The Federal Reserve Bank of Dallas yesterday released the conclusions of a study by two of its economists into the secrets of Texas’ relative success in weathering the housing crisis that precipitated the Great Recession. They focused on something that isn’t normally associated with our state: strong government regulations.
Specifically, Texas is the only state in the nation with a regulation limiting home equity borrowing. Homeowners can borrow only up to 80 percent of the value of their home with such a loan (and that percentage has to factor in the amount of the original mortgage as well). As a result, after the housing bubble and subsequent crash:
The proportion of nonprime borrowers underwater in the other 49 states reached a high of 54 percent in 2011, while in Texas it peaked at 10 percent. The depth of negative equity among underwater nonprime mortgages was also significantly lower in Texas. Mortgage debt among Texas’ underwater homeowners exceeded the home value by an average 14 percent in 2008 compared with 32 percent for the rest of the country.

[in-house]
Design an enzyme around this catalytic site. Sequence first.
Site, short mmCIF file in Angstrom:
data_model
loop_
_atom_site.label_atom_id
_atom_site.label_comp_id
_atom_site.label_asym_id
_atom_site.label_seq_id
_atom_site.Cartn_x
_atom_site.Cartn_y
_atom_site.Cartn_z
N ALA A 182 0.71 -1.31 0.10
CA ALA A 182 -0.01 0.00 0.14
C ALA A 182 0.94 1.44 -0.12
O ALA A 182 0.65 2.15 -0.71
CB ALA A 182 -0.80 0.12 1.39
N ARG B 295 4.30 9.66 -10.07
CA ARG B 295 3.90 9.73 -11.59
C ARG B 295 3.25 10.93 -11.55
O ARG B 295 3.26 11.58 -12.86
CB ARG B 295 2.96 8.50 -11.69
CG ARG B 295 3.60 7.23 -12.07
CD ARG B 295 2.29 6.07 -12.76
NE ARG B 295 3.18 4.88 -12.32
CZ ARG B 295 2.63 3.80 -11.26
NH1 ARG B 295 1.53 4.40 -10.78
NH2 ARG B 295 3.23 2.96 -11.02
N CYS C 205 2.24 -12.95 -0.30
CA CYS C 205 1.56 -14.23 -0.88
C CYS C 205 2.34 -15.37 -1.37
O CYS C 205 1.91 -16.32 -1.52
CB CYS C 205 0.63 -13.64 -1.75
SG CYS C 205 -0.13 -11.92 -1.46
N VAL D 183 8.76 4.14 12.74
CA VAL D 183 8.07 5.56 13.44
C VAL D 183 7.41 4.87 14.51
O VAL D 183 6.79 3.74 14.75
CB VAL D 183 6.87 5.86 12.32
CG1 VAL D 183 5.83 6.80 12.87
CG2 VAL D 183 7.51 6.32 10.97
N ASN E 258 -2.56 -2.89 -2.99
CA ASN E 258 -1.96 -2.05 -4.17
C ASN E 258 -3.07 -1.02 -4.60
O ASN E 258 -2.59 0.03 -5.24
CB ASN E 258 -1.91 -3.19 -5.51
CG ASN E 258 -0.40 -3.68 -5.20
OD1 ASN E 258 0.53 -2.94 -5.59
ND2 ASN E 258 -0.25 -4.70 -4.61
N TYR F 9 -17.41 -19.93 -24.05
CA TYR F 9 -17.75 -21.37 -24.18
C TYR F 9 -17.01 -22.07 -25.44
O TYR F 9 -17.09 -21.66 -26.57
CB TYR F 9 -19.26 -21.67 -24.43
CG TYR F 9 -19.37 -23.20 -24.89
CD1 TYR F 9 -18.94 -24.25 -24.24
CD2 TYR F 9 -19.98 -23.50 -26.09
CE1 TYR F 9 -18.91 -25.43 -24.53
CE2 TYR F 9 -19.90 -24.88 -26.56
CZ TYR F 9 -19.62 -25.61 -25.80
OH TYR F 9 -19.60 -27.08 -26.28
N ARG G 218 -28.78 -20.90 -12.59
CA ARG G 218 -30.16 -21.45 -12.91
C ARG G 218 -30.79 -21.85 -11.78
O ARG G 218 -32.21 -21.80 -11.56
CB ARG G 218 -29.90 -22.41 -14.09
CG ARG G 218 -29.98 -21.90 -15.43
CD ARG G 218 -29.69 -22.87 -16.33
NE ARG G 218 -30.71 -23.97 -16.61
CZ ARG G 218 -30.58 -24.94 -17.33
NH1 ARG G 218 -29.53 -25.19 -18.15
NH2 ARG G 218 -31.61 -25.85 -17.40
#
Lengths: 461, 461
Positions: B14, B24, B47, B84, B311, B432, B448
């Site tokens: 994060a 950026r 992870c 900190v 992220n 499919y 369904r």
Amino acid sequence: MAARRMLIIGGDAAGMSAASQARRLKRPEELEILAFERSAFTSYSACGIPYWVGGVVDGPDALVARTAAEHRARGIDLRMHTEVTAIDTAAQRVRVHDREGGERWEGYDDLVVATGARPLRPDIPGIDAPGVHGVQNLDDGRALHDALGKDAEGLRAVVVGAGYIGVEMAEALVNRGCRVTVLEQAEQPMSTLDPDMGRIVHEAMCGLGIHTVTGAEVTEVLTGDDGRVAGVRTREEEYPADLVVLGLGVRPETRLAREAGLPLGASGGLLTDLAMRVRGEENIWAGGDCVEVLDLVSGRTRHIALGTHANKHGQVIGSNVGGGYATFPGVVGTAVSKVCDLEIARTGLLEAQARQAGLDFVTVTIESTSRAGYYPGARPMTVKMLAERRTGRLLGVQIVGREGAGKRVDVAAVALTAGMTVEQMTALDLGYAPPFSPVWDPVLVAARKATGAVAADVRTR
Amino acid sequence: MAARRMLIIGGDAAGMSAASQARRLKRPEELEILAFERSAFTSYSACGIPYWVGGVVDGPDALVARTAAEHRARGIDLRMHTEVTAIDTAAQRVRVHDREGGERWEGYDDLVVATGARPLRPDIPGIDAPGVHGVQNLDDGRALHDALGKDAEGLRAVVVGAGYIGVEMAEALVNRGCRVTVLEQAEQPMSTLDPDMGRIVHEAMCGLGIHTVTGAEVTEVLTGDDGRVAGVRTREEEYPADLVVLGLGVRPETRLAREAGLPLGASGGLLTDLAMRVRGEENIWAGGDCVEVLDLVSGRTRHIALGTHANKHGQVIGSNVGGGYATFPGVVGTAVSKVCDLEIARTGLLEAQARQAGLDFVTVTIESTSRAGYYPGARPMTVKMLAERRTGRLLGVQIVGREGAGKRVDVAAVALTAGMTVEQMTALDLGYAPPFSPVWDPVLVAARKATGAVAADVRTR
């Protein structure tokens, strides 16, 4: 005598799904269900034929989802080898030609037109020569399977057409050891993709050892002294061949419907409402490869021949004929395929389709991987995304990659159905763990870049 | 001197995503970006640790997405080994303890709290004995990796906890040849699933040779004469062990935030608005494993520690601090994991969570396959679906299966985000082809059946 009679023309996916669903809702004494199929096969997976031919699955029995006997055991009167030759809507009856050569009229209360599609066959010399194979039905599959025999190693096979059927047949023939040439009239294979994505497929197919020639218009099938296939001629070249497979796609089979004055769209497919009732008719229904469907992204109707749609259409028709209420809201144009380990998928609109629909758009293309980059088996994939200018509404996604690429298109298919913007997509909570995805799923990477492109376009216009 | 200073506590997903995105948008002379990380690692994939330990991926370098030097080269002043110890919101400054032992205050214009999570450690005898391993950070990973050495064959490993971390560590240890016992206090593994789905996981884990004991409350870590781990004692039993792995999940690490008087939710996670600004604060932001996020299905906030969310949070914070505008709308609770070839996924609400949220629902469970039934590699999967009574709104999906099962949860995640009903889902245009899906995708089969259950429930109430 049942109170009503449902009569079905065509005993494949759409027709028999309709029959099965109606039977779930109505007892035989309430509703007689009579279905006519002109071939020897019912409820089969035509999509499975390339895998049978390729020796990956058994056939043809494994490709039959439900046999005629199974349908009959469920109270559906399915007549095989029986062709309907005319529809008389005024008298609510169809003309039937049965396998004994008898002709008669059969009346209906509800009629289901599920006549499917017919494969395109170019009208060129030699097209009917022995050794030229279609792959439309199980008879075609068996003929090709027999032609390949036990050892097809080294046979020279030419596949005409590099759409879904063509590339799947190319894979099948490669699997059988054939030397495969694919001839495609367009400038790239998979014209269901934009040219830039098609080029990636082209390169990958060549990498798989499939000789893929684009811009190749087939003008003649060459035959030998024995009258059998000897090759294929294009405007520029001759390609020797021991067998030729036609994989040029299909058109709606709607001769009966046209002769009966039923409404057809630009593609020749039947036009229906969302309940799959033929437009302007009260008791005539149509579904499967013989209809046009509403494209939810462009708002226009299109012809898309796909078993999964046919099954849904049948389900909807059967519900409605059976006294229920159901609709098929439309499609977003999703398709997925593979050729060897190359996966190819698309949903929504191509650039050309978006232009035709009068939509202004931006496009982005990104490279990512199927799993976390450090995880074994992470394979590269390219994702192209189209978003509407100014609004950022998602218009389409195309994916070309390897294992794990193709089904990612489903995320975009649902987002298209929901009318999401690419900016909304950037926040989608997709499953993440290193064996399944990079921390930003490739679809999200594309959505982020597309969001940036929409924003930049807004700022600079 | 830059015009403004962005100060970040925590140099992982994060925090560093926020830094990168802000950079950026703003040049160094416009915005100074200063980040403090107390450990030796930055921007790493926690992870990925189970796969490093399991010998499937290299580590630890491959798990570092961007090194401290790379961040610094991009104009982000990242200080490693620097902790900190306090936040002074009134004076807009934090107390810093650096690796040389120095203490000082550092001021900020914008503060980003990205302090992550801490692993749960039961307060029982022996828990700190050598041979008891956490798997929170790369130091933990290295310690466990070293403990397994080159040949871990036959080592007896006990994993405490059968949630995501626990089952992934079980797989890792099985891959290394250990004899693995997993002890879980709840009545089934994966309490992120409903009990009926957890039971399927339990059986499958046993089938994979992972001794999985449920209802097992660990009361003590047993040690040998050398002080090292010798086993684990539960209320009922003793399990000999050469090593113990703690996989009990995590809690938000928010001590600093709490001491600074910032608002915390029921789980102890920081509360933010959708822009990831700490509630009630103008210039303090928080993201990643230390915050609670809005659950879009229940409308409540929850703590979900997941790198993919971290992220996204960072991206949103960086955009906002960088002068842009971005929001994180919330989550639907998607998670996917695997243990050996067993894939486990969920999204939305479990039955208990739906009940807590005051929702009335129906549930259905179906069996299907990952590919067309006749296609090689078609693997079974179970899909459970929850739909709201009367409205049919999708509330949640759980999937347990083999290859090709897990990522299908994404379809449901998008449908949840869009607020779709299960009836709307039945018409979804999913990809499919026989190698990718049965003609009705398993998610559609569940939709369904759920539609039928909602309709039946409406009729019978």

The study mentions that the issues involved are so complex and interconnected that “it is difficult to precisely assess the impact of home equity restrictions on Texas’ relatively lower mortgage default rates.” Also, it’s possible that the stricter home-equity regulations might have limited consumer spending that might have helped the Texas economy as a whole, or may have driven consumers to other sources of credit, like credit cards. And yet, they conclude:
The data suggest that the tighter regulations in Texas helped keep underwater mortgages and default rates from rising by as much as they did elsewhere. By extension, lower default rates and fewer underwater homeowners might also have helped Texas avoid the subsequent sharp drop in home prices other states experienced.
And a smaller drop meant an easier recovery.